It’s been awhile since I’ve talked about books here, which is sort of funny since I feel like this winter we’ve been reading more than ever. The little one’s reading is really taking off, which means her bedside light is staying on a lot later. She reads aloud as she reads to herself, which is particularly adorable. I’m pretty sure E did this as well, but it’s been so long since those early reading days for her that I had forgotten.
Since we’re gearing up for our NYC trip next month, I thought we’d pull down all the books about the city for reading this month. And since we’re renting a brownstone in Brooklyn while we’re there, the first books that came to mind were the Knuffle Bunny Books by Mo Willems.
Mo Willems is one of my favorite authors / illustrators, and his Knuffle Bunny stories are delightful. The first one starts with a young Trixie and her father as they head out for an afternoon visit to the neighborhood laundromat. Trixie’s beloved Knuffle Bunny comes along for the walk, but somehow ends up in the laundry. The bunny’s missing status isn’t discovered until they are halfway home. At some point mid-meltdown, Trixie goes “boneless”, and that moment, that description, that illustration – that’s the one that seals the deal on this book as the most relatable story for children and parents alike.
I love Willems’ drawings over the black and white photographs of his neighborhood – ah, Brooklyn! I can relate to those moments when that special something turns up missing – E’s beloved blankies, or F’s well-loved burpies. And I just really like books with dads and daughters – it’s not that I feel like dads are necessarily underrepresented on our bookshelves, maybe I just relate more to the observer here because I’m a mom – and a lot of this book is really about observing that moment (in public!) when all control and sanity is lost. We’ve all been there, we’ve all got at least a few of these tales tucked away in our memories. In those moments you are both participating and observing – it’s a sort of out-of-body experience, which really amplifies the emotions (and embarrassment).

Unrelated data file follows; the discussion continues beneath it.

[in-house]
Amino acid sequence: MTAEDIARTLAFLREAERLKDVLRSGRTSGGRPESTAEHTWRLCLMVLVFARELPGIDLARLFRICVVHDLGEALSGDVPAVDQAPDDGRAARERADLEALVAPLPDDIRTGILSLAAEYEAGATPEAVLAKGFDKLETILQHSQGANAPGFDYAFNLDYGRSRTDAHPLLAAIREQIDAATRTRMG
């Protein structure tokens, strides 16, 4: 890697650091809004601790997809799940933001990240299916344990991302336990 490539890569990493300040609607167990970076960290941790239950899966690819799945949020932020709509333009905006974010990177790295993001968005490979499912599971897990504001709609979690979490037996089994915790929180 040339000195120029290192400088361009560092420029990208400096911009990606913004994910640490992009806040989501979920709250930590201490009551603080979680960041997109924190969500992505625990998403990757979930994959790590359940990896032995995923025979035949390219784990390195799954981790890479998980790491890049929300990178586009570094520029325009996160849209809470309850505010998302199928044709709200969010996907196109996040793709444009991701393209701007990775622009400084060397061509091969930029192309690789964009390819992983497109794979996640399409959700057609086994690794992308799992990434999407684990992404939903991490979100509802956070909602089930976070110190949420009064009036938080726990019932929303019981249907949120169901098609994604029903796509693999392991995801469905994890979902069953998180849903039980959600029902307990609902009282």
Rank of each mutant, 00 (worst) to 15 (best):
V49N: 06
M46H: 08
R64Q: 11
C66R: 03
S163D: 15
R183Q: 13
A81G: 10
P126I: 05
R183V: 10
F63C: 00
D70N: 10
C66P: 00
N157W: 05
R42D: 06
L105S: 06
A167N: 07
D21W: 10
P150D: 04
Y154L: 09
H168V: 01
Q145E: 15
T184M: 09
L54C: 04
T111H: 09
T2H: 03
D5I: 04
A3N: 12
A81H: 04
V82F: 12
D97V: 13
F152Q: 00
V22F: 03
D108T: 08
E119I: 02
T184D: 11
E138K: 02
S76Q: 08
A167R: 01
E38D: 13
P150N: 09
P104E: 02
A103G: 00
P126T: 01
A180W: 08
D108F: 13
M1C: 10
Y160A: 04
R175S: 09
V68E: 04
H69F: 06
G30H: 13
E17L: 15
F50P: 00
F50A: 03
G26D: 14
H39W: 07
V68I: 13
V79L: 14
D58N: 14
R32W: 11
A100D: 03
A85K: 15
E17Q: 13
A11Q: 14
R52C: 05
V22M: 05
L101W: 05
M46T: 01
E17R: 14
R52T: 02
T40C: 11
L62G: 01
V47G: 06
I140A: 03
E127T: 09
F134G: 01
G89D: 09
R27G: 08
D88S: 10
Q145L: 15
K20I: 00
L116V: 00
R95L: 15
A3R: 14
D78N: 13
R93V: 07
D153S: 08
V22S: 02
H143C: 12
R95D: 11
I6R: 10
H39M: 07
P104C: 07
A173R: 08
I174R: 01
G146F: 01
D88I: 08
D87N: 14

If you’re going to own the first one, you really should own all three.
In “Too”, Trixie grows up a bit, and starts school. She struggles with making new friends, particularly with another little girl with the exact same bunny. Said bunnies end up getting switched; this discovery isn’t made until the wee hours of the morning (of course), and the nighttime trade arrangement is one of my favorite story plots ever.
In “Free”, Trixie is even older, and she and her parents take a big trip overseas to visit her grandparents. In all the hubbub of leaving the plane, Knuffle Bunny is left behind. This loss threatens to throw a shadow over the entire trip, but Trixie is allowed to work through her sadness at her own pace. It’s such a lovely book about growing up and being little – such a sweet mix of the two. I love Trixie’s family in this story, and I really love how the trilogy is wrapped up in the end.
The first book – or even better, all three – would make a great reading gift for kids around 3-8 years old. A perfect Easter gift as well – it is centered around a bunny after all! In fact, since we’ll be living in Knuffle Bunny’s neighborhood over Easter this year, I think I might order a real Knuffle Bunny to tuck into my suitcase for Easter morning.
And if you want to read a funny take on the series, here’s a good one.
Find these titles at your favorite local independent bookstore. Happy reading!